Millipedes removal may not easy using do it your own technicques and in most cases a pest control expert may need to be hired. Millipedes resemble to Centipedes. Millipedes are highly segmented (20 to 100 body segments). However, millipedes have a cylindrical body with two pairs of legs on most segments, except for the first segment behind the head. Therefore, it does not have any appendages at all, and the next few will only have one pair of legs.
As can be seen, Millipedes are found outdoors in situations where is moisture and decaying organic matter. For example, under trash, grass clippings, mulch, rotting firewood, leaf litter, etc.
As a matter of fact they feed on decaying plant material, therefore they prefer moist places. Indeed Most problem occur when population migrate in to basement area or around doorways at ground level.
It should be noted that their diet consists of damp and decaying wood and plant materials. Generally speaking they scavenge feeding on decaying organic matter.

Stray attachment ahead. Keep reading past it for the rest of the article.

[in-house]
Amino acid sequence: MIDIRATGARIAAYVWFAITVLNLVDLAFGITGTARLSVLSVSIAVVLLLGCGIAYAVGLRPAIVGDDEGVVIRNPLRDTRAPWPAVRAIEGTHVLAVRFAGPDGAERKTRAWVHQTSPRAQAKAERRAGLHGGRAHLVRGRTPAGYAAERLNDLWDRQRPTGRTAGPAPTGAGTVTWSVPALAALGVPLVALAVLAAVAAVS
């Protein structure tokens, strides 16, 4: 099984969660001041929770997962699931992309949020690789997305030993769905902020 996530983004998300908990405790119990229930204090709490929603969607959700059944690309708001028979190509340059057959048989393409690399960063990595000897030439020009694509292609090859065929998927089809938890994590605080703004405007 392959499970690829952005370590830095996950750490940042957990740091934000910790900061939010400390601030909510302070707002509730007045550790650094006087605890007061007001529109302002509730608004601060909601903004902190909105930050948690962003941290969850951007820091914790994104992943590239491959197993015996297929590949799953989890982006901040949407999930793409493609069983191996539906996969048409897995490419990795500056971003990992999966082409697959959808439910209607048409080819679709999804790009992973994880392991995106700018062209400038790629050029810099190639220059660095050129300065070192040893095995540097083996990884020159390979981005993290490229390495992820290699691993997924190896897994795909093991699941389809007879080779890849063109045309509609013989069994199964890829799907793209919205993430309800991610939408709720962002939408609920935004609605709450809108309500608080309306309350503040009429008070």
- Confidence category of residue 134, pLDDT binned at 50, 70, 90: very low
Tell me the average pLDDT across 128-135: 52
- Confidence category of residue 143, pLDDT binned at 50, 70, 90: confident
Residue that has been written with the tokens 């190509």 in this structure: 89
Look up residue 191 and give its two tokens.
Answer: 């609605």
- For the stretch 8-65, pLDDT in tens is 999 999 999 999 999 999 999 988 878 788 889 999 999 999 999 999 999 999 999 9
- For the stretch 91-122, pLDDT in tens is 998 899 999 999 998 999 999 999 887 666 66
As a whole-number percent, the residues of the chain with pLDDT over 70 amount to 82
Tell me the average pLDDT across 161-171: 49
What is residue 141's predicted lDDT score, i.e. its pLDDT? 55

How to kill Millipedes
Consequently they invade the house during extremely wet seasons or extreme drought. In summary Millipedes usually die within a few days of entering a structure unless there is a source of high moisture and a food supply. Controlling moisture is the best solution to reduce their numbers. It should be noted that Millipedes use both their long back legs and antennae in escaping predators, speedily scuttling away between cracks in rocks, litter, and logs.
Why you have them in your house
Moreover Millipedes can quickly move backwards and sideways if necessary. In addition to poisoning animals with their venomous bite, they can use their long back legs to squeeze a predator. Their venom includes several substances including histamines, serotonin, and cardio-toxins. Apart from this, Millipedes can also, like some insects, crabs, and lobsters, simply “drop” legs held by a predator and run away on their remaining legs. Millipedes have short antennae and move in slow waves, burrowing and eating their way through moist leaf clutter, fungi, and decayed plant material on the ground. As they plow through the soil, munching on dead plants and other vegetation, they aerate and enrich the soil, much like earthworm
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